How to have a waste-free festive family dinner this year

by Carolyn Thomas @HeartSisters

Since surviving a heart attack, I’m smugly happy to announce that my consumption of heart-healthy fruit and veggies has increased nicely.  I should preface that by explaining that I grew up in a Ukrainian family where we considered dill pickles to be a vegetable course.  So veggies are not my favourite food.

Sometimes, when shopping for that lovely fresh produce at the market, my “eyes are bigger than my stomach” – as my mother used to say – and the veggies at the very back of the produce crisper in the fridge can begin to resemble slimy, mushy compost instead of tonight’s dinner. My distress about this slime is why I like what Wasted Food blogger Jonathon Bloom is doing. 

He writes about why we waste food, why it matters, and what we can do about it. He also reminds us that we actually waste more than 40% of the food we produce for consumption. What’s wrong with this wasteful picture?

At Thanksgiving, Jonathan launched his Be Thankful, Not Wasteful campaign. Here are a few ideas from him on how to stay conscious about what you throw out before, during and after your next big family feast:

  • Celebrate abundance, not excess: Don’t take too much when you serve yourself. You can always take seconds. Keep in mind that the average festive turkey dinner with all the trimmings today comes in, conservatively, at almost 2,500 calories. And remember, what’s on our plates is seldom saved.
  • Distribute the bounty: If you’re the host/chef, suggest that your guests bring along a few empty containers of various sizes to fill with leftovers (or have some containers on hand). There’s no sense centralizing so much food that we’ll struggle to use. Being so overt about leftovers may feel a bit odd, but that slight discomfort will pale in comparison to the disappointment from having to toss out pounds of once-good food.
  • Properly save those leftovers: And do it quickly. Not letting foods sit out too long in the bacteria danger zone (40-140 degrees F) will mean they’ll be safe to eat and will also last longer.
  • Plan for your leftovers – and eat them: Whether it’s a turkey pot pie, turkey soup or turkey tacos, find some fun ideas that will get you excited to use up your turkey remains.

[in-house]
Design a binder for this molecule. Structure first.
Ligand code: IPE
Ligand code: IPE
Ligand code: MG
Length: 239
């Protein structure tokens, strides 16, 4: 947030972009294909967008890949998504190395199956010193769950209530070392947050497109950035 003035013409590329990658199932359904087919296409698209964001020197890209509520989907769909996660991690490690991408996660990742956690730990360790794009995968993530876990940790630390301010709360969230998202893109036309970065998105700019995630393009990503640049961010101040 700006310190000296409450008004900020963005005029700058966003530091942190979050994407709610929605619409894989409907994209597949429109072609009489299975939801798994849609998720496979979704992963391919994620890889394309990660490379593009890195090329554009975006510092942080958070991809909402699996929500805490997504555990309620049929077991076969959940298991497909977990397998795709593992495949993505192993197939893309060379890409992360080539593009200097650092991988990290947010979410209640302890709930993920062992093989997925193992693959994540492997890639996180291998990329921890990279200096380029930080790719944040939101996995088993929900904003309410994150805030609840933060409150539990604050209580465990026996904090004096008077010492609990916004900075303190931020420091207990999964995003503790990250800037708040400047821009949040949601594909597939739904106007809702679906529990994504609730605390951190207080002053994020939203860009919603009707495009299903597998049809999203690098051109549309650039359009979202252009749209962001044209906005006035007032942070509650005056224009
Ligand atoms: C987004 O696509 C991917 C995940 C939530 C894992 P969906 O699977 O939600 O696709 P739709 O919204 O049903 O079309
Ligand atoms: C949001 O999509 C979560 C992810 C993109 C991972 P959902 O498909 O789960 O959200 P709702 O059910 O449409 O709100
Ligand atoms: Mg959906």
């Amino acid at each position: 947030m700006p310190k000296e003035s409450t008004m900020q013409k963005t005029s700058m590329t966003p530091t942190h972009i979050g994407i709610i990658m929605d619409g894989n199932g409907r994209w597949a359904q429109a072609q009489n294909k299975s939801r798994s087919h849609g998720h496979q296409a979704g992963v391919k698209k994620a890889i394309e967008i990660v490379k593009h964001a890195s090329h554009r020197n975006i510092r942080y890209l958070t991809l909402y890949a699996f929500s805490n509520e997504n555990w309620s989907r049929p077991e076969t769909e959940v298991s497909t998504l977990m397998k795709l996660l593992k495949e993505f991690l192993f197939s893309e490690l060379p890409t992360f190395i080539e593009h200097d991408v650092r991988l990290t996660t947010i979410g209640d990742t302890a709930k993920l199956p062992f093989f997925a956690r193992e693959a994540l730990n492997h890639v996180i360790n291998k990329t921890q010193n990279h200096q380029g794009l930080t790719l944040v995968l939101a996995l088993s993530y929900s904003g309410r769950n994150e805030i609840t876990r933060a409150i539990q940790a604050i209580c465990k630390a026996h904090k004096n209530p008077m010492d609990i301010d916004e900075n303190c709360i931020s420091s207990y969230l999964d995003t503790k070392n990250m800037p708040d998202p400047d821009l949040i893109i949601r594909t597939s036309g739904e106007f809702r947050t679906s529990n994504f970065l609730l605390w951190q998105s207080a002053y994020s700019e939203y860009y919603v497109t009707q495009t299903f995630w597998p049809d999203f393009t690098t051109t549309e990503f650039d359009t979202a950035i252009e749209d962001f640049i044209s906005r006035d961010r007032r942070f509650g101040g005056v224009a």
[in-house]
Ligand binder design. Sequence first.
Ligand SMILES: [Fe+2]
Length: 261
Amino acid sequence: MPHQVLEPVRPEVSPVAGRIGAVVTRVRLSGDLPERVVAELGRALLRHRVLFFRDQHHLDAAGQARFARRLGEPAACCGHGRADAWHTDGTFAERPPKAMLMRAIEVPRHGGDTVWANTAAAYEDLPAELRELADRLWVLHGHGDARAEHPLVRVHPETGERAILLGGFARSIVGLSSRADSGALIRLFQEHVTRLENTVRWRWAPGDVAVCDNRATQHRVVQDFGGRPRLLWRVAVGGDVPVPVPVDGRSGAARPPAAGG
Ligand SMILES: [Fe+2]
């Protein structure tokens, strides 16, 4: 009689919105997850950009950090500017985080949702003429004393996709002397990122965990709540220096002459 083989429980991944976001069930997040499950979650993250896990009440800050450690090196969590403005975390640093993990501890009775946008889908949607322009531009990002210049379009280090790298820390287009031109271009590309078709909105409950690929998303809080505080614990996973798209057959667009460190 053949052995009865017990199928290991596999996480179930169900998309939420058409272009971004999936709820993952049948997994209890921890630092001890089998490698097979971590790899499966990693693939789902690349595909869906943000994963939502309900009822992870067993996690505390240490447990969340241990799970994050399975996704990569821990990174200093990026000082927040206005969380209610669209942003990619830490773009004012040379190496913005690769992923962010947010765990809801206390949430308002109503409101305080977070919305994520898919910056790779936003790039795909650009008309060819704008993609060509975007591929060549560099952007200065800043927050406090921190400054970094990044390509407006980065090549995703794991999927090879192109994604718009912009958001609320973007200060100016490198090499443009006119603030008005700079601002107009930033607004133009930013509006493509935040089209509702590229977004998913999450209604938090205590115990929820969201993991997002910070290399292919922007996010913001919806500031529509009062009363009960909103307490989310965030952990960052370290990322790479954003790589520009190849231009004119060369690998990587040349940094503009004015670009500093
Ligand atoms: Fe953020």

Merry Christmas, dear Heart Sisters . . .


9 thoughts on “How to have a waste-free festive family dinner this year

  1. Are you my sister separated at birth? I think we had the same mother. My eyes are often bigger than my stomach. I can still hear her say that to me when I find I have too much food on my plate. Sorry about the typos. I’m writing on an iPad.

    I’m Ukrainian too.



  2. Insightful and timely! My husband and I had our annual Winter Solstice party the other night and after everyone had left, I joked that we needed to have another party, just to get rid of all the leftover food and drink! We’re making a list, while it’s still fresh in our minds, of what got eaten and what didn’t, which drinks were popular and which ones were never opened, so that future parties will be less wasteful.


    1. That’s such a good idea, Laura. At a Christmas party I was at recently, I noticed the same plate of distinctive treats on the potluck buffet that had been left over from another party five days earlier. Reduce, reuse, recycle! But mostly REDUCE! Happy Solstice to you – does this mean the days are now getting longer?!



  3. Hi Carolyn,

    Holiday cooking is my favorite form of cooking and strangely I never have problems with waste. Those who I invite for dinner come ready to eat and I cook a large variety of food. We start the afternoon with heavy appetizers, (chopped liver, artichoke dip and a veggie tray), this is because I won’t serve dinner until 6 or 7.

    Dinner is when things really start to heat up, ( turkey, ham, and my mom wants a standing rib roast, that’s my three meats). I’ll serve collard and turnip greens, white and sweet potatoes, rutabagas, kugel (noodle pudding), matzo ball soup, home made rolls and a jello salad. Then we rest up for desserts.

    I’ve already baked two fruit cakes, tomorrow I’ll bake cheese cake, black walnut pound cake, almond pound cake, mincemeat pie, sweet potato pies.

    If you come to my home for the holidays you may gain a few pounds but we don’t waste food. Friends and family take home plates for the next day some come back. But we have people in our home from Christmas until New Years. Because I’m in the cardiac maintenance program we are allowed to eat what ever we want during the holidays.

    Merry Christmas and a Very Happy New Year,


  4. Thank you for all your wonderful information and suggestions for heart-healthy living. Yours is the first e-mail I open when I turn on the computer.

    Merry Christmas and a happy and healthy 2012 to you and your family.
    Joan Johnson


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